With selections made, questions begin

By Drew Sharp

Knight Ridder Newspapers

MILWAUKEE -- The team is ready. The mission is clear.

All that was left was the Monday morning quarterbacking -- or perhaps caddying would be more metaphorically korrect in this instance.

As much as Ryder Cup captain Hal Sutton tried to steer the conversation to those two men he chose as his wild card selections, many of the questions revolved around those he bypassed.


Why not Scott Verplank?

Why didn't Todd Hamilton's two tour victories this season, including a major, wield more weight?

Would Justin Leonard have merited strong consideration had he finished strong in the PGA Championship's concluding regulation holes only to have eventual champion Vijay Singh play even better?

The PGA of America "told me when they offered me the captain's job that this was going to be the toughest day of the whole experience for one reason," Sutton said.

"There's no way you're going to win over everybody--and that includes you (media) guys."

As long as he wins a month from now when the world convenes at Oakland Hills, who cares how anybody feels right now.

Sutton's captain's picks of Jay Haas and Stewart Cink were safe and steady. Ryder Cup captains rarely venture too far along the limb with these selections. Sutton can throw around all the statistical jargon as he wishes to justify his rationale, but the bottom line is that you ultimately go with the guys with whom you're most trusting and most comfortable.

And although Sutton insisted Monday that there were five to six strong candidates spinning around in his head over the last remaining weeks, it's pretty obvious from the criteria he set at the outset of the process that only three of the available prospects would prove worthy in his mind--Haas, Cink and Verplank.


Sutton declined gambling on Verplank's tender right foot holding up for inspection come Ryder Cup weekend.

"Obviously, he was disappointed," said Sutton. "I was worried about his foot problem and his ankle problem. There are many deserving people. He was one of those deserving people, but they only give me two spots."

If Cink disappoints next month, it could become a gamble that costs the United States a seventh Ryder Cup over the last 10 matches.

'"I've told Jay and Stewart that I'm holding them accountable for making me look good," laughed Sutton.

The captain has no control over five-sixths of this team. He inherits them. But the wild card selections represent his opportunity to stamp his signature on this team. Don't underestimate their importance. They aren't merely throw-ins simply because they're the last two additions.

The captain's picks have gone a perfect 2-0 in the final day's singles matches the last three Ryder Cups. And since the Americans joined the Europeans in selecting two wild cards in 1989 only Curtis Strange (in 1995) and Raymond Floyd (in 1991) have lost their respective singles matches.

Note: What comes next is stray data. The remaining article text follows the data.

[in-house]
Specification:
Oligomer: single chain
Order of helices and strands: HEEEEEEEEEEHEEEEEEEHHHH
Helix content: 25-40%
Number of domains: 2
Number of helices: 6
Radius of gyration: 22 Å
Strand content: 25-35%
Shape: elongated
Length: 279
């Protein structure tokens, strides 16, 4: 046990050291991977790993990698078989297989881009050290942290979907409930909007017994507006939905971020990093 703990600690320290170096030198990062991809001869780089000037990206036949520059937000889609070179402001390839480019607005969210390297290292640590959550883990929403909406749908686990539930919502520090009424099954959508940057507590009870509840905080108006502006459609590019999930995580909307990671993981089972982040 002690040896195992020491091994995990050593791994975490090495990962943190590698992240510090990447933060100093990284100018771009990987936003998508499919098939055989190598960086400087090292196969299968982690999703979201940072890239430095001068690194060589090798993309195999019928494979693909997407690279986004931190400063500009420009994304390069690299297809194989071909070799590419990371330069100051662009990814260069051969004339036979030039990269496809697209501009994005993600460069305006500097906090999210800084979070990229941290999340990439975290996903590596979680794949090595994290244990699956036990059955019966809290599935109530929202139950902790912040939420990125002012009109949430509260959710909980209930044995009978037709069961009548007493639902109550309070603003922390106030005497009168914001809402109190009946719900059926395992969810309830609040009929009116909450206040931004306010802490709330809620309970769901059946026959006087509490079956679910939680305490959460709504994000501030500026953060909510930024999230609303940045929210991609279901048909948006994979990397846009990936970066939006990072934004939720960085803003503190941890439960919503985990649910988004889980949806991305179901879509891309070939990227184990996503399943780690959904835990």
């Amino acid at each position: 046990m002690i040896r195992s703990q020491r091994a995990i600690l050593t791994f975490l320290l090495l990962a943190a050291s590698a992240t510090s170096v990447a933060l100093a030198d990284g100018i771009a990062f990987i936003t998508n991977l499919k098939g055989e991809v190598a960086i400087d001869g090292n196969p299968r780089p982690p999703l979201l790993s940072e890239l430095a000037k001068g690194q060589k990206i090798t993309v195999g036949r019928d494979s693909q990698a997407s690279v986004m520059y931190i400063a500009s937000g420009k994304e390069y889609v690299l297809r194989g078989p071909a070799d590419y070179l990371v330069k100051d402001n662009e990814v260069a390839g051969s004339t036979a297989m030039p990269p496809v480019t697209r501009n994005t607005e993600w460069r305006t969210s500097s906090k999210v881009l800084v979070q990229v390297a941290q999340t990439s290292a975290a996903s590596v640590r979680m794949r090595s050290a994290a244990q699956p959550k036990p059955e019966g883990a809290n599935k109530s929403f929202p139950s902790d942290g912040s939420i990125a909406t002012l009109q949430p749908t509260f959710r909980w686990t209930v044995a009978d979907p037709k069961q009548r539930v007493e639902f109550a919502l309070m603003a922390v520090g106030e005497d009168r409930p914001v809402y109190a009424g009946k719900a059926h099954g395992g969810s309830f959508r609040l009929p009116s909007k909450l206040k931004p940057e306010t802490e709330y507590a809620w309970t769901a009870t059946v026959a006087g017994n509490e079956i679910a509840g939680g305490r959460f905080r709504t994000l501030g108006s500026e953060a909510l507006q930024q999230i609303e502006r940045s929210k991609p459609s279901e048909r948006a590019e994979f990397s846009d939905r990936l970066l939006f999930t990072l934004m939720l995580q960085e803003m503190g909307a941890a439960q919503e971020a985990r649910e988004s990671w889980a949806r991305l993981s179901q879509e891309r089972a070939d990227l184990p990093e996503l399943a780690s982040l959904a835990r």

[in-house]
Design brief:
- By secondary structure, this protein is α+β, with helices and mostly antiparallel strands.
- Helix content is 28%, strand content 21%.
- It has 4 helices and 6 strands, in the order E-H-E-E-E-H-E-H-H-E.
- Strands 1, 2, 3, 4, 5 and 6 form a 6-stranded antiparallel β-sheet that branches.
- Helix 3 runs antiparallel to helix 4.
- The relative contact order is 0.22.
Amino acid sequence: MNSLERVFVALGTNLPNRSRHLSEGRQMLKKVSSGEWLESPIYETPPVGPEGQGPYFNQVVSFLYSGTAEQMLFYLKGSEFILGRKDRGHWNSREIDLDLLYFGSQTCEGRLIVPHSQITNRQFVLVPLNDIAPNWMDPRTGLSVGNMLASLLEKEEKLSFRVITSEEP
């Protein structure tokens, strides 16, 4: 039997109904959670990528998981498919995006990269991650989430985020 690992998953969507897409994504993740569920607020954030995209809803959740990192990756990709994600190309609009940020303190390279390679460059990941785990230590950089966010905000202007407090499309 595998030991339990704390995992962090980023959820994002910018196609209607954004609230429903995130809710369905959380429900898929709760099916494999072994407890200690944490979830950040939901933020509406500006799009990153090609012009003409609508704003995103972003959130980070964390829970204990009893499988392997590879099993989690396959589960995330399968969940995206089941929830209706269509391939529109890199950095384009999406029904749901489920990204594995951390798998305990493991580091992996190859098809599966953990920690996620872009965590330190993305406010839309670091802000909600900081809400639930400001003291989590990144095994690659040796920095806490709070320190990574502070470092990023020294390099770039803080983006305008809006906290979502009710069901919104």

"We are four weeks away from knowing whether I made the right decisions or the wrong decisions," said Sutton. "And I'm sure I'll hear about it if we don't win."

It's now up to Sutton to mold the respective strengths of his 12 Ryder Cup players into a cohesive team capable of reversing a recent competitive slide against the Europeans.


The U.S. team captain has played Oakland Hills, the site of next month's matches, several times over the past year.

He believed he needed the familiarity with the course to determine what attributes might matter most. You generally have to keep the ball below the hole at Oakland Hills, placing a premium on strong short iron play.

Verplank was considered the odds-on favorite for one of the captain's choices. He had battled plantar fasciitis--remember that, Pistons fans? -- throughout the season and it limited his participation in tour events.

He was fitted for orthotic inserts in his shoes that help alleviate the pain and inflammation. He was playing better in recent weeks and was six-under par through the first 22 holes of the PGA Championship.

And then he stepped into a pothole along Whistling Straits' hilly terrain and badly twisted his right ankle. It affected his performance. He finished five-over par for the championship.

Experience played a prominent role in the selecting process and Haas, Cink and Verplank were the only three of the top prospects with any prior Ryder Cup knowledge.

And Sutton apparently felt comfortable that there wouldn't be too much of a difference if he went with Cink rather than Verplank, especially since Cink is rated No. 1 in putting average on the PGA Tour this season.

"It's my job to get us ready and I'm very pleased with the team that we've assembled," Sutton said.

And now it's Sutton job to turn them into a team.

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